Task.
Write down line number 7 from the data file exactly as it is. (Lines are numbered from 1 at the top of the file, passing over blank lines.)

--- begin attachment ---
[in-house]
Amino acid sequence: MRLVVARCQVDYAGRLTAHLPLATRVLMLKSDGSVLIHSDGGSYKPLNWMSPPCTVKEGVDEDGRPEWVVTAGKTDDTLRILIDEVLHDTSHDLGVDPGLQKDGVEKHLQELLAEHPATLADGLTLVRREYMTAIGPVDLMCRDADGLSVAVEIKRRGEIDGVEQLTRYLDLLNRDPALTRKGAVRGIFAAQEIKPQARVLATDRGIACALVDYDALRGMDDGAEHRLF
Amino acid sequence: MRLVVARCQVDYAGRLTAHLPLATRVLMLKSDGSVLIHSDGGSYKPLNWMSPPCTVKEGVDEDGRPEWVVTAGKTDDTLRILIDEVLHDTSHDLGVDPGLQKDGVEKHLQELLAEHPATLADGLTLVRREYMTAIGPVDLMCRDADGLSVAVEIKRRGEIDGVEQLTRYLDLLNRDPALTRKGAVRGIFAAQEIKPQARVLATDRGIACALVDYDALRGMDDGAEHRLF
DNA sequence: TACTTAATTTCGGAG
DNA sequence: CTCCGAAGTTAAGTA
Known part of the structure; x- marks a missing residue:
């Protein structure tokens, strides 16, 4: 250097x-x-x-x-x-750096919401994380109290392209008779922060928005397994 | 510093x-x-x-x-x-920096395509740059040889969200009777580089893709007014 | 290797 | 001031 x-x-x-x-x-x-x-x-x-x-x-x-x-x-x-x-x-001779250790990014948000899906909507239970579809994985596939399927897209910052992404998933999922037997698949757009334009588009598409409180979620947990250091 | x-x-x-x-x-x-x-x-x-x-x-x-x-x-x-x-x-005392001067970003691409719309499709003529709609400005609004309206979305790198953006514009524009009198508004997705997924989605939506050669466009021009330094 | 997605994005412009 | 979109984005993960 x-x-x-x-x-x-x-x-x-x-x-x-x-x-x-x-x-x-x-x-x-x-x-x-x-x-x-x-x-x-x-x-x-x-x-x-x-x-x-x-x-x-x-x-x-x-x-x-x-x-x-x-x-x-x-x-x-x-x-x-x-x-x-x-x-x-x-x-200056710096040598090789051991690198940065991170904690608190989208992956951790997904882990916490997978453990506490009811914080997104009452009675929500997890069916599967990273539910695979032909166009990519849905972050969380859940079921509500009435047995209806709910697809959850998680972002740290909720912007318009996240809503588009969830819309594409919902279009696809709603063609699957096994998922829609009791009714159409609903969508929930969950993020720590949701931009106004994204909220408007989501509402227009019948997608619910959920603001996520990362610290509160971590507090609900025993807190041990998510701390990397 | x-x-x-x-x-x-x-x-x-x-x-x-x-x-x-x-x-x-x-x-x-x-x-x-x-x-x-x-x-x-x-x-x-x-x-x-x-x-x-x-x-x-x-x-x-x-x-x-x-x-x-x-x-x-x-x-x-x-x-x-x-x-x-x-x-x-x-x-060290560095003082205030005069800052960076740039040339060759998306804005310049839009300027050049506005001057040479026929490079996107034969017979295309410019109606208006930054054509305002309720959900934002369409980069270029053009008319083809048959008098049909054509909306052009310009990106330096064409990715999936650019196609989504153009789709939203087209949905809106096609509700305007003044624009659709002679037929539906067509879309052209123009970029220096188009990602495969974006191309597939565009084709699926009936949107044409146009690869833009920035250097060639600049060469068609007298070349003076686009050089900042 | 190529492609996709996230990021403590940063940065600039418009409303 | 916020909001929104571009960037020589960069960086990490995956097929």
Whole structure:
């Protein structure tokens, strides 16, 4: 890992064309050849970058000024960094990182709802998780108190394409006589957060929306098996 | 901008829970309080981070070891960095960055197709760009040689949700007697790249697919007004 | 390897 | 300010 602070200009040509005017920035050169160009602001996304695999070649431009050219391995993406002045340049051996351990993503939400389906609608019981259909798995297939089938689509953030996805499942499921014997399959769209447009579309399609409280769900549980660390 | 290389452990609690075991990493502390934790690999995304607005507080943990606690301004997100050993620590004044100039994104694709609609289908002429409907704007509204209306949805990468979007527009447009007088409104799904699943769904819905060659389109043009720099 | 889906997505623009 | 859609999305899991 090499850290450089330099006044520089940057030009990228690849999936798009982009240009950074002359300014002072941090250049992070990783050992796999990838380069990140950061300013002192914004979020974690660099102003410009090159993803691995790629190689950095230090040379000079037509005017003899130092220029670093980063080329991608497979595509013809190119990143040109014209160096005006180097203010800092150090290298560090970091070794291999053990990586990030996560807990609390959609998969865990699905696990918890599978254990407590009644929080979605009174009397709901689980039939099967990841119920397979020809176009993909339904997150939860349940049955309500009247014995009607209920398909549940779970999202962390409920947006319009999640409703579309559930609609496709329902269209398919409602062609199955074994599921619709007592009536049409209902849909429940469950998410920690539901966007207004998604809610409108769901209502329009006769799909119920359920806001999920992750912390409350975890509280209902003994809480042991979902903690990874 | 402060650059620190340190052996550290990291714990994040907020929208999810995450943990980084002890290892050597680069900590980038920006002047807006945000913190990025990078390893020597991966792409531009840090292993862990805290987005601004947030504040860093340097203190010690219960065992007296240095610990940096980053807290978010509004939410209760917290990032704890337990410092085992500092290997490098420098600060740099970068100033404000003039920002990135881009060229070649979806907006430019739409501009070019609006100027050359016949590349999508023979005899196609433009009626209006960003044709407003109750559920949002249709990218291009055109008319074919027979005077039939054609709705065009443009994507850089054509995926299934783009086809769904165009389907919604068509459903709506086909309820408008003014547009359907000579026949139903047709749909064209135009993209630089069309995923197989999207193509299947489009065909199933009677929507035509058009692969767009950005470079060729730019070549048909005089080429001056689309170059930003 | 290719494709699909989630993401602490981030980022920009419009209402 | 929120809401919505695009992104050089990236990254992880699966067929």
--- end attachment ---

């Protein structure tokens, strides 16, 4: 250097x-x-x-x-x-750096919401994380109290392209008779922060928005397994 | 510093x-x-x-x-x-920096395509740059040889969200009777580089893709007014 | 290797 | 001031 x-x-x-x-x-x-x-x-x-x-x-x-x-x-x-x-x-001779250790990014948000899906909507239970579809994985596939399927897209910052992404998933999922037997698949757009334009588009598409409180979620947990250091 | x-x-x-x-x-x-x-x-x-x-x-x-x-x-x-x-x-005392001067970003691409719309499709003529709609400005609004309206979305790198953006514009524009009198508004997705997924989605939506050669466009021009330094 | 997605994005412009 | 979109984005993960 x-x-x-x-x-x-x-x-x-x-x-x-x-x-x-x-x-x-x-x-x-x-x-x-x-x-x-x-x-x-x-x-x-x-x-x-x-x-x-x-x-x-x-x-x-x-x-x-x-x-x-x-x-x-x-x-x-x-x-x-x-x-x-x-x-x-x-x-200056710096040598090789051991690198940065991170904690608190989208992956951790997904882990916490997978453990506490009811914080997104009452009675929500997890069916599967990273539910695979032909166009990519849905972050969380859940079921509500009435047995209806709910697809959850998680972002740290909720912007318009996240809503588009969830819309594409919902279009696809709603063609699957096994998922829609009791009714159409609903969508929930969950993020720590949701931009106004994204909220408007989501509402227009019948997608619910959920603001996520990362610290509160971590507090609900025993807190041990998510701390990397 | x-x-x-x-x-x-x-x-x-x-x-x-x-x-x-x-x-x-x-x-x-x-x-x-x-x-x-x-x-x-x-x-x-x-x-x-x-x-x-x-x-x-x-x-x-x-x-x-x-x-x-x-x-x-x-x-x-x-x-x-x-x-x-x-x-x-x-x-060290560095003082205030005069800052960076740039040339060759998306804005310049839009300027050049506005001057040479026929490079996107034969017979295309410019109606208006930054054509305002309720959900934002369409980069270029053009008319083809048959008098049909054509909306052009310009990106330096064409990715999936650019196609989504153009789709939203087209949905809106096609509700305007003044624009659709002679037929539906067509879309052209123009970029220096188009990602495969974006191309597939565009084709699926009936949107044409146009690869833009920035250097060639600049060469068609007298070349003076686009050089900042 | 190529492609996709996230990021403590940063940065600039418009409303 | 916020909001929104571009960037020589960069960086990490995956097929």